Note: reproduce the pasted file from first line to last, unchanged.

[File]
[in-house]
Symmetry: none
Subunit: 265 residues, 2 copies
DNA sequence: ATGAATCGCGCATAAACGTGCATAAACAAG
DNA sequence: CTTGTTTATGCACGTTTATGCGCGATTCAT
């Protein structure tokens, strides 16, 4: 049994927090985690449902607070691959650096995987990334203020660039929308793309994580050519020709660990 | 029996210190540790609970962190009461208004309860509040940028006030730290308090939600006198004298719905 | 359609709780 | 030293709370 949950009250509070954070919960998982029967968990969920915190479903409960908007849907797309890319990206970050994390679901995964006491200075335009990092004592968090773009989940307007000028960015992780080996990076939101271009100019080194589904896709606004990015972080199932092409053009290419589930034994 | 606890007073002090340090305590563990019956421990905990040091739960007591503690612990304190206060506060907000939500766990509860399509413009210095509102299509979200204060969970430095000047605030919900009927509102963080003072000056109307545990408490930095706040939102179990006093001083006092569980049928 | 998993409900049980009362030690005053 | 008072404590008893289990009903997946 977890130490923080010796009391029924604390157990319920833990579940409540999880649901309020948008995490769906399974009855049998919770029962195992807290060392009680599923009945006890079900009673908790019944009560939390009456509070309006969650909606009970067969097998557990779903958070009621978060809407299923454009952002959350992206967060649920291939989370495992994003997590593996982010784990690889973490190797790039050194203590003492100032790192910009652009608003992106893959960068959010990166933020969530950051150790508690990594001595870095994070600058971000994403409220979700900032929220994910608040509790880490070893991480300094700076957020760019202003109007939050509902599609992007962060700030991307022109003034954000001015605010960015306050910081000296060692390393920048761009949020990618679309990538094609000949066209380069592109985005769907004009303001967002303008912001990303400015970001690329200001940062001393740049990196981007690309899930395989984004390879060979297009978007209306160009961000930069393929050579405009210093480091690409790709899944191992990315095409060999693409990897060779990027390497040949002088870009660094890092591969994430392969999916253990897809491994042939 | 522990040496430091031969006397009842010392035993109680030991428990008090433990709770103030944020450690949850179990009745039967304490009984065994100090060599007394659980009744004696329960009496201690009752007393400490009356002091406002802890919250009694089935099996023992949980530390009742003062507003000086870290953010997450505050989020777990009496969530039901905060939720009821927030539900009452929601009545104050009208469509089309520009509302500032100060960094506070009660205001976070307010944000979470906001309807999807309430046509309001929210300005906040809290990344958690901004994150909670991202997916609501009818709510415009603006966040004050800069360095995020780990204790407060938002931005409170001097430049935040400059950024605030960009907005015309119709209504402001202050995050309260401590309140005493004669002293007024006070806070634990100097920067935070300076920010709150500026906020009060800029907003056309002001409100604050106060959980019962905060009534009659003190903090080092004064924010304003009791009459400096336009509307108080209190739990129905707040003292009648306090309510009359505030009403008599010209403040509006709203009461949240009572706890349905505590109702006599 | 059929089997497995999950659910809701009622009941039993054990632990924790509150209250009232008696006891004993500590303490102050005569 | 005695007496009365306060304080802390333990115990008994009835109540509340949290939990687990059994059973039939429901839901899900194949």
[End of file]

[in-house]
Symmetry: none
Subunit: 265 residues, 2 copies
DNA sequence: ATGAATCGCGCATAAACGTGCATAAACAAG
DNA sequence: CTTGTTTATGCACGTTTATGCGCGATTCAT
């Protein structure tokens, strides 16, 4: 049994927090985690449902607070691959650096995987990334203020660039929308793309994580050519020709660990 | 029996210190540790609970962190009461208004309860509040940028006030730290308090939600006198004298719905 | 359609709780 | 030293709370 949950009250509070954070919960998982029967968990969920915190479903409960908007849907797309890319990206970050994390679901995964006491200075335009990092004592968090773009989940307007000028960015992780080996990076939101271009100019080194589904896709606004990015972080199932092409053009290419589930034994 | 606890007073002090340090305590563990019956421990905990040091739960007591503690612990304190206060506060907000939500766990509860399509413009210095509102299509979200204060969970430095000047605030919900009927509102963080003072000056109307545990408490930095706040939102179990006093001083006092569980049928 | 998993409900049980009362030690005053 | 008072404590008893289990009903997946 977890130490923080010796009391029924604390157990319920833990579940409540999880649901309020948008995490769906399974009855049998919770029962195992807290060392009680599923009945006890079900009673908790019944009560939390009456509070309006969650909606009970067969097998557990779903958070009621978060809407299923454009952002959350992206967060649920291939989370495992994003997590593996982010784990690889973490190797790039050194203590003492100032790192910009652009608003992106893959960068959010990166933020969530950051150790508690990594001595870095994070600058971000994403409220979700900032929220994910608040509790880490070893991480300094700076957020760019202003109007939050509902599609992007962060700030991307022109003034954000001015605010960015306050910081000296060692390393920048761009949020990618679309990538094609000949066209380069592109985005769907004009303001967002303008912001990303400015970001690329200001940062001393740049990196981007690309899930395989984004390879060979297009978007209306160009961000930069393929050579405009210093480091690409790709899944191992990315095409060999693409990897060779990027390497040949002088870009660094890092591969994430392969999916253990897809491994042939 | 522990040496430091031969006397009842010392035993109680030991428990008090433990709770103030944020450690949850179990009745039967304490009984065994100090060599007394659980009744004696329960009496201690009752007393400490009356002091406002802890919250009694089935099996023992949980530390009742003062507003000086870290953010997450505050989020777990009496969530039901905060939720009821927030539900009452929601009545104050009208469509089309520009509302500032100060960094506070009660205001976070307010944000979470906001309807999807309430046509309001929210300005906040809290990344958690901004994150909670991202997916609501009818709510415009603006966040004050800069360095995020780990204790407060938002931005409170001097430049935040400059950024605030960009907005015309119709209504402001202050995050309260401590309140005493004669002293007024006070806070634990100097920067935070300076920010709150500026906020009060800029907003056309002001409100604050106060959980019962905060009534009659003190903090080092004064924010304003009791009459400096336009509307108080209190739990129905707040003292009648306090309510009359505030009403008599010209403040509006709203009461949240009572706890349905505590109702006599 | 059929089997497995999950659910809701009622009941039993054990632990924790509150209250009232008696006891004993500590303490102050005569 | 005695007496009365306060304080802390333990115990008994009835109540509340949290939990687990059994059973039939429901839901899900194949």